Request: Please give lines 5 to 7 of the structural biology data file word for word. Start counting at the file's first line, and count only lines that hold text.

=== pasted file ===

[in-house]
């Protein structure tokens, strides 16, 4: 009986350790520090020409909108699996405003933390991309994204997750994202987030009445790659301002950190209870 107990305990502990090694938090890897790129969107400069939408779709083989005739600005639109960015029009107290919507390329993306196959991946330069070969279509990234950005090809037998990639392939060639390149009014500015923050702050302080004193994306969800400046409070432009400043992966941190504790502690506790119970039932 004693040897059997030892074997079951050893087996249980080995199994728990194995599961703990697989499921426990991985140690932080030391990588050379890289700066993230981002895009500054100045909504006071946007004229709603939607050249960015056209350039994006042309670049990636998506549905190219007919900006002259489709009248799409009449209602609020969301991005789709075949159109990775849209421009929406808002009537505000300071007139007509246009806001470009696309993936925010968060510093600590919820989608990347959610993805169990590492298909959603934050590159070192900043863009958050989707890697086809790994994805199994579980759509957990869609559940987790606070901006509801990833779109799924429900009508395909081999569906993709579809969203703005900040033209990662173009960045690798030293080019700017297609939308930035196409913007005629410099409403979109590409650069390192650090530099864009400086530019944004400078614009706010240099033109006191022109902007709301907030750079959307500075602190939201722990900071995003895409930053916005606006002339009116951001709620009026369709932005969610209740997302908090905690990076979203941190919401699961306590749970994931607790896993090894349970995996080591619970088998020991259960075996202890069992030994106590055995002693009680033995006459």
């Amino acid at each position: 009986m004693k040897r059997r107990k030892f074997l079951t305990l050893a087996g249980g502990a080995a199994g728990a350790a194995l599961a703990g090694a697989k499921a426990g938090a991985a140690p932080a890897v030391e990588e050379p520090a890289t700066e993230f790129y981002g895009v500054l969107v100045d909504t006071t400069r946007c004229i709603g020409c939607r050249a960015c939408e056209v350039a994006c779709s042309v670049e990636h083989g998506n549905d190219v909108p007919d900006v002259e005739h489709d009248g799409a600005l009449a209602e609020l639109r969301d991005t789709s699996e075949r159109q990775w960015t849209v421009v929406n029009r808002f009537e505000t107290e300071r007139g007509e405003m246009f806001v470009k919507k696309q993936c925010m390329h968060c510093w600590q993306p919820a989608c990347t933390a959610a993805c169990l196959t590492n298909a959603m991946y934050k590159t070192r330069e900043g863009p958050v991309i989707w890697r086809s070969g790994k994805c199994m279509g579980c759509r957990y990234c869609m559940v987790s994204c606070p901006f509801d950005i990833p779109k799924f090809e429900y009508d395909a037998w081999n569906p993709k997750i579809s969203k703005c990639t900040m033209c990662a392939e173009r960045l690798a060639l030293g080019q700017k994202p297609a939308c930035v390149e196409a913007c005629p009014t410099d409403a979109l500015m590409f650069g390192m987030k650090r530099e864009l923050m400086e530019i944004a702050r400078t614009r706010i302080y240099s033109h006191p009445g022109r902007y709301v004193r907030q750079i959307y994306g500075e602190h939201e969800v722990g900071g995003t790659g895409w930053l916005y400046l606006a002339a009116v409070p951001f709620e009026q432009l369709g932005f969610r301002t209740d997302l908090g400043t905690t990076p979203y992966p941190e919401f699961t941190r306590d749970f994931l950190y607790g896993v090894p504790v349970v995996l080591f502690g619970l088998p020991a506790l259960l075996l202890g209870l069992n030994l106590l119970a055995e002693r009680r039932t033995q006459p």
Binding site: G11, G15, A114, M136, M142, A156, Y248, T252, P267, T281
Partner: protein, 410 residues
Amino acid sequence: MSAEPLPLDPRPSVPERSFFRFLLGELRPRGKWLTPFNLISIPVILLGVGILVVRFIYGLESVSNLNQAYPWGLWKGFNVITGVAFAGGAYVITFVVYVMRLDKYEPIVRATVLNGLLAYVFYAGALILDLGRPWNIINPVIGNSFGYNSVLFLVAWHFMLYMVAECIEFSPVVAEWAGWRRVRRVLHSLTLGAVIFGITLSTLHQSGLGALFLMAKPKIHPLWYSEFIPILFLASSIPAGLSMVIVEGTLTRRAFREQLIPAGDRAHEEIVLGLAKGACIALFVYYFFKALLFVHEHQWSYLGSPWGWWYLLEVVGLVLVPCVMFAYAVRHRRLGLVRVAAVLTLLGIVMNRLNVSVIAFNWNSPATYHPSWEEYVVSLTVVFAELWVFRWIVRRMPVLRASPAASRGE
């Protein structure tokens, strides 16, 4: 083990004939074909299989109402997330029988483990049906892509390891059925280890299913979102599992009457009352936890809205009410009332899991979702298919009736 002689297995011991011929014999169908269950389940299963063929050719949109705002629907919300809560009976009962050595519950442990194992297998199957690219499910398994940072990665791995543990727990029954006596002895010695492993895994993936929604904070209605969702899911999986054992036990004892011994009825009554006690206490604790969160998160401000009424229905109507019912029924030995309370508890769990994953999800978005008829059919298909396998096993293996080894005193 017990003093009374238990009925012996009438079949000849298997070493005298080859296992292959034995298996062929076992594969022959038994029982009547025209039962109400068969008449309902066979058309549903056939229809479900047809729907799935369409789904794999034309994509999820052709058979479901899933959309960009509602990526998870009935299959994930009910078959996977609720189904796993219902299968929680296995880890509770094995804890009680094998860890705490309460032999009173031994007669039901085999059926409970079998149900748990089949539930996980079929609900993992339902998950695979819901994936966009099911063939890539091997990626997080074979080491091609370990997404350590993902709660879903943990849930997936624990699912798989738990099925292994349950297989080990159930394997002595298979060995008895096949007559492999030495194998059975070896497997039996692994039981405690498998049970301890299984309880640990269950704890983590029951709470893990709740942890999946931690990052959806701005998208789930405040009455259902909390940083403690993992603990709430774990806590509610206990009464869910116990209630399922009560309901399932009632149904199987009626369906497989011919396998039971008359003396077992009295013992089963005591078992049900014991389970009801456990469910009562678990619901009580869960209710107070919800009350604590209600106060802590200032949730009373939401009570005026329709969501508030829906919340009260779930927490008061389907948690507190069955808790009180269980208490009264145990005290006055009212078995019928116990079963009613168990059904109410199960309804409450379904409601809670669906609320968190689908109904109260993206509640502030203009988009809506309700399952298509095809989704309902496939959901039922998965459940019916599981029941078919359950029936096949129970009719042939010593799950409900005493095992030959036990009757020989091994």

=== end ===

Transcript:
Partner: protein, 410 residues
Amino acid sequence: MSAEPLPLDPRPSVPERSFFRFLLGELRPRGKWLTPFNLISIPVILLGVGILVVRFIYGLESVSNLNQAYPWGLWKGFNVITGVAFAGGAYVITFVVYVMRLDKYEPIVRATVLNGLLAYVFYAGALILDLGRPWNIINPVIGNSFGYNSVLFLVAWHFMLYMVAECIEFSPVVAEWAGWRRVRRVLHSLTLGAVIFGITLSTLHQSGLGALFLMAKPKIHPLWYSEFIPILFLASSIPAGLSMVIVEGTLTRRAFREQLIPAGDRAHEEIVLGLAKGACIALFVYYFFKALLFVHEHQWSYLGSPWGWWYLLEVVGLVLVPCVMFAYAVRHRRLGLVRVAAVLTLLGIVMNRLNVSVIAFNWNSPATYHPSWEEYVVSLTVVFAELWVFRWIVRRMPVLRASPAASRGE
């Protein structure tokens, strides 16, 4: 083990004939074909299989109402997330029988483990049906892509390891059925280890299913979102599992009457009352936890809205009410009332899991979702298919009736 002689297995011991011929014999169908269950389940299963063929050719949109705002629907919300809560009976009962050595519950442990194992297998199957690219499910398994940072990665791995543990727990029954006596002895010695492993895994993936929604904070209605969702899911999986054992036990004892011994009825009554006690206490604790969160998160401000009424229905109507019912029924030995309370508890769990994953999800978005008829059919298909396998096993293996080894005193 017990003093009374238990009925012996009438079949000849298997070493005298080859296992292959034995298996062929076992594969022959038994029982009547025209039962109400068969008449309902066979058309549903056939229809479900047809729907799935369409789904794999034309994509999820052709058979479901899933959309960009509602990526998870009935299959994930009910078959996977609720189904796993219902299968929680296995880890509770094995804890009680094998860890705490309460032999009173031994007669039901085999059926409970079998149900748990089949539930996980079929609900993992339902998950695979819901994936966009099911063939890539091997990626997080074979080491091609370990997404350590993902709660879903943990849930997936624990699912798989738990099925292994349950297989080990159930394997002595298979060995008895096949007559492999030495194998059975070896497997039996692994039981405690498998049970301890299984309880640990269950704890983590029951709470893990709740942890999946931690990052959806701005998208789930405040009455259902909390940083403690993992603990709430774990806590509610206990009464869910116990209630399922009560309901399932009632149904199987009626369906497989011919396998039971008359003396077992009295013992089963005591078992049900014991389970009801456990469910009562678990619901009580869960209710107070919800009350604590209600106060802590200032949730009373939401009570005026329709969501508030829906919340009260779930927490008061389907948690507190069955808790009180269980208490009264145990005290006055009212078995019928116990079963009613168990059904109410199960309804409450379904409601809670669906609320968190689908109904109260993206509640502030203009988009809506309700399952298509095809989704309902496939959901039922998965459940019916599981029941078919359950029936096949129970009719042939010593799950409900005493095992030959036990009757020989091994």